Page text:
An infectious diseases expert says there should be a "big public debate" on what coronavirus restrictions to relax first.
Professor Sam McConkey is head of the department of International Health and Tropical Medicine at the Royal College of Surgeons in Ireland (RCSI).
He was speaking after Taoiseach Leo Varadkar said there is no change to the social distancing restrictions for COVID-19.
It is understood 'robust' discussions were held at Cabinet on Friday about changing the advice from two metres to one to help the hospitality sector.
Current World Health Organisation (WHO) guidelines state keeping a one metre distance from each other is sufficient.
However guidance from the Health Service Executive (HSE) say a space of two metres (6.5 feet) should be kept between people.
But on Saturday Mr Varadkar confirmed that there is no change to the advice to maintain a physical distance of two metres.
Prof McConkey told On The Record: "In Ireland we've largely followed the European Centre for Disease Control, which is in Stockholm, which is a pan-European scientific advisory group.
"My view is that following their advice has been very wise and very sensible."
The ECDC is an advisory group for the EU, whereas the WHO is a world-wide organisation.
"I think this debate is a really good one to be having.
"The issue is as we're now gradually controlling the spread of COVID-19 in Ireland, much better than we were four or six weeks ago, the reproductive rate has decreased dramatically and we're seeing fewer cases each day.
"We now have to have a big public debate about which restrictions we start to relax first."
He said some of those options could include the re-opening of creches and schools, the re-opening of tourism and travel or a relaxing of physical distancing.
"My point is you shouldn't do all three together - we should do these gradually and in a step-wise way.
"And we have to make really important, informed political choices about which parts of our society we should try and get back to normal first.
"Certainly getting physically closer to each other certainly would allow restaurants and bars and so on to function better, and we'd all probably have a better time.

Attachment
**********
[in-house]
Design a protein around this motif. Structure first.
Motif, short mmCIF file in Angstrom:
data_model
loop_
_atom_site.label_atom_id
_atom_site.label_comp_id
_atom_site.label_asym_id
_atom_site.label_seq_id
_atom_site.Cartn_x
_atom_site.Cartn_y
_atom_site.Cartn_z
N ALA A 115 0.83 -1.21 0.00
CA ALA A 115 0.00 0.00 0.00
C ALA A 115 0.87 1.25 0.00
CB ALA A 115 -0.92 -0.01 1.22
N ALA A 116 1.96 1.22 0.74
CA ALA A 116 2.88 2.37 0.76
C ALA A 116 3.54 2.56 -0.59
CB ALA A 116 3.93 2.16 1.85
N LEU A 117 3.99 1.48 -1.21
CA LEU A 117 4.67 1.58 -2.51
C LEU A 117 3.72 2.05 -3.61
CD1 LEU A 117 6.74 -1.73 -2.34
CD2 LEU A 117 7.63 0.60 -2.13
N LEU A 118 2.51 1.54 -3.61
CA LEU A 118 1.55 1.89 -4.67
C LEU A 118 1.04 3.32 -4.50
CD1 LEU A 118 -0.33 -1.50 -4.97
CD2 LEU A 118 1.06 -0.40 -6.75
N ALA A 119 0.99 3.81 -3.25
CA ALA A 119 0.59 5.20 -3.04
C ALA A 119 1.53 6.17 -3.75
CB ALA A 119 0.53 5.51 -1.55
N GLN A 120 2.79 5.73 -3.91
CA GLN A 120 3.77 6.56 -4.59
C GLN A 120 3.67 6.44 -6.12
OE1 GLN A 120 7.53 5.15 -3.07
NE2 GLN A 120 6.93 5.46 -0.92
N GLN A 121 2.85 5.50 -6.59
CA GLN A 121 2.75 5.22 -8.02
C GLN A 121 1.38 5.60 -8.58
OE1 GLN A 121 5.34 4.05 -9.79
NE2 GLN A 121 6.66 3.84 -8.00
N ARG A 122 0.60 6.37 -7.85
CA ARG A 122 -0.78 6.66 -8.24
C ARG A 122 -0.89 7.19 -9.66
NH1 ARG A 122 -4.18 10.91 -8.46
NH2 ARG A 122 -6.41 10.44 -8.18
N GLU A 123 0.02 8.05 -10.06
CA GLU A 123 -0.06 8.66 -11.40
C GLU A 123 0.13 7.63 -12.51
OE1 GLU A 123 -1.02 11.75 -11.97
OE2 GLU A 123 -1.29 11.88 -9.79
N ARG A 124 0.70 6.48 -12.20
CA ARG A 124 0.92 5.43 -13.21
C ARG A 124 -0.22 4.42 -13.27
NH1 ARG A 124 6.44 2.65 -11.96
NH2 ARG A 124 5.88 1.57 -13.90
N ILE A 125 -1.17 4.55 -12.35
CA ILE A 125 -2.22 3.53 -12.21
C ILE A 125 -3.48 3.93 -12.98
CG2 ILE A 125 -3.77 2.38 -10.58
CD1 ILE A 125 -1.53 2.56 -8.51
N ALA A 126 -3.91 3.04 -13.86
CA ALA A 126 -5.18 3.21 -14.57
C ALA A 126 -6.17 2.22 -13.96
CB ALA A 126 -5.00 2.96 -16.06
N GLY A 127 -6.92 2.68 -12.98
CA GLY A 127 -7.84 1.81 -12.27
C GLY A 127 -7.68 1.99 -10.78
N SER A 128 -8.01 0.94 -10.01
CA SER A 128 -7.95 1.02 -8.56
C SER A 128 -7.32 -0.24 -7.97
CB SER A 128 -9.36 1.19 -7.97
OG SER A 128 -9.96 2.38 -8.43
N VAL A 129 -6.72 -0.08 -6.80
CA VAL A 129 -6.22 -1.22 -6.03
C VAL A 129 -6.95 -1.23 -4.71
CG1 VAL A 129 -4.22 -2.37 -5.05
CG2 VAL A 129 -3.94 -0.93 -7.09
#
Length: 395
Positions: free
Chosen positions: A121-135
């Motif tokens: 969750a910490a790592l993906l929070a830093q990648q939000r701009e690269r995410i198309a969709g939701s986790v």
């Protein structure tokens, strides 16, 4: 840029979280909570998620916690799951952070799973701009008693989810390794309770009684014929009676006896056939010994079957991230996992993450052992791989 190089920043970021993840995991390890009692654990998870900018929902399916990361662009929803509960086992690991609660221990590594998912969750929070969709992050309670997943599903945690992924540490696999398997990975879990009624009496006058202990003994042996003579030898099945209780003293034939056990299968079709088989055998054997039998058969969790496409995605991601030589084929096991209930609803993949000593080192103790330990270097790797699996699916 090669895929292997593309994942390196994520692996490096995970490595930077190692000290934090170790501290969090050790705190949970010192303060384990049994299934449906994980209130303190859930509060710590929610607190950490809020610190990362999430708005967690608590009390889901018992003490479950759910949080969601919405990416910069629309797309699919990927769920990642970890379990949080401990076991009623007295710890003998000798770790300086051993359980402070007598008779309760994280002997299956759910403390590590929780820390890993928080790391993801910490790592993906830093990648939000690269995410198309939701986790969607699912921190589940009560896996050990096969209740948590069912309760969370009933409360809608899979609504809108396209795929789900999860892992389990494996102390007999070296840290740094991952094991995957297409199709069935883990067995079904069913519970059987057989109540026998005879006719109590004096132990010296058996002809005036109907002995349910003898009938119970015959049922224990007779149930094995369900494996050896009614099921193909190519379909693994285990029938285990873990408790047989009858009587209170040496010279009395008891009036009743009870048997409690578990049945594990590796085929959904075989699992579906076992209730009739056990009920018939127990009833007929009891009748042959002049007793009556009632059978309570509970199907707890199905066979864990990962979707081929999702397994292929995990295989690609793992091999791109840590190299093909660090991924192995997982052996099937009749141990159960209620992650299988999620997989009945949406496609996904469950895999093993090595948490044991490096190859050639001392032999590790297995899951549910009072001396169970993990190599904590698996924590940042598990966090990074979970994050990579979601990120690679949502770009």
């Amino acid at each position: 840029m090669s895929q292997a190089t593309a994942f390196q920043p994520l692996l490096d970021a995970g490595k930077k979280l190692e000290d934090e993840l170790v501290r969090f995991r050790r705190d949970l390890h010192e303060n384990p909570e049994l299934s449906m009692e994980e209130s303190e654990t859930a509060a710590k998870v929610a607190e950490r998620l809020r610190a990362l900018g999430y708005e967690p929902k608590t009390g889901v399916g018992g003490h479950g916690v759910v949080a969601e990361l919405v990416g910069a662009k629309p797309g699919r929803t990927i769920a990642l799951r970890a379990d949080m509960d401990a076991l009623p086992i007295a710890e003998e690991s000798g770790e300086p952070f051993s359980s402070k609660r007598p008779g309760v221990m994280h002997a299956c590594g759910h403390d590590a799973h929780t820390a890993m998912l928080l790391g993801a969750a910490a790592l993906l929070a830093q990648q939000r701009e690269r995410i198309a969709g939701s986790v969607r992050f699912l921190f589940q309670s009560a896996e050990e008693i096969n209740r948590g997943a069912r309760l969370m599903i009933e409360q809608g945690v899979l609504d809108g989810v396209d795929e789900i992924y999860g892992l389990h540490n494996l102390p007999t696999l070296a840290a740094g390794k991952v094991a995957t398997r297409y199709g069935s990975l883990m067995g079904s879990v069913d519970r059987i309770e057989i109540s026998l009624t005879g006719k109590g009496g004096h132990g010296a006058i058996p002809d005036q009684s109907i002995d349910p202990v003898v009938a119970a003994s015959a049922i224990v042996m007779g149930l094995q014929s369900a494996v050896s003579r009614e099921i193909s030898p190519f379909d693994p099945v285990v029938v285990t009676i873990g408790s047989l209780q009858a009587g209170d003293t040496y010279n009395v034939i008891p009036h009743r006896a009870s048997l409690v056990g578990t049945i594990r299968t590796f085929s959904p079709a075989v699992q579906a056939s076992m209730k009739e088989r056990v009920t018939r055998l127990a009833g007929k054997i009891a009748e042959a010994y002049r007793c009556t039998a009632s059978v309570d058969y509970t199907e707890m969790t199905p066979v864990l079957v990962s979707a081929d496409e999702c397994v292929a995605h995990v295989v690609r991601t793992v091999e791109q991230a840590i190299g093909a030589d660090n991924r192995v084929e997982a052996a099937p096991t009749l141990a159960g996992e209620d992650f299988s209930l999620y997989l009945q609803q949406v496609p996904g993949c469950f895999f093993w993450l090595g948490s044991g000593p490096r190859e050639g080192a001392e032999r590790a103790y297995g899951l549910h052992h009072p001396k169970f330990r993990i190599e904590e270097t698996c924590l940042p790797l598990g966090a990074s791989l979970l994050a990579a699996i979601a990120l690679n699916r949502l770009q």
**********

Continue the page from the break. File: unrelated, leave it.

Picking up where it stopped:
"That would inevitably lead to more transmission of COVID-19... the way droplets and things work often it's not just a simple linear relationship.
"When you're one metre rather than two [apart], it could be up to four-times more transmission that takes place when you're closer."
"That is one political choice, Gavan, that we could make as a nation and say 'yes, we're going to get one metre from each other'.
"But then that would possibly mean that things like getting schools back or getting the airports open and tourists coming again might wait longer.
"You can imagine how different sectors of our economy have vested interests in different of those choices that I've just outlined".
He said the WHO advice for one metre distance is "accepting that there will be some transmission of virus."
"As long as we keep the transmission rate - as long as each cases produces less than one additional case - then our pandemic will gradually continue to fizzle out.
"But if that famous R number goes over one, and we're seeing a rise in cases each day, then our epidemic is becoming out of control".
On the wearing of face masks recommended on public transport and in shops, he does not think this should be mandatory.
"My view is that a recommendation is the way to go".
"I wouldn't advocate mandatory - I think that risks provoking a sort of a backlash of people who feel this is an infringement on the way they dress or whatever.
"I think that might not be an acceptable measure that's going to improve things - I think it might make things worse".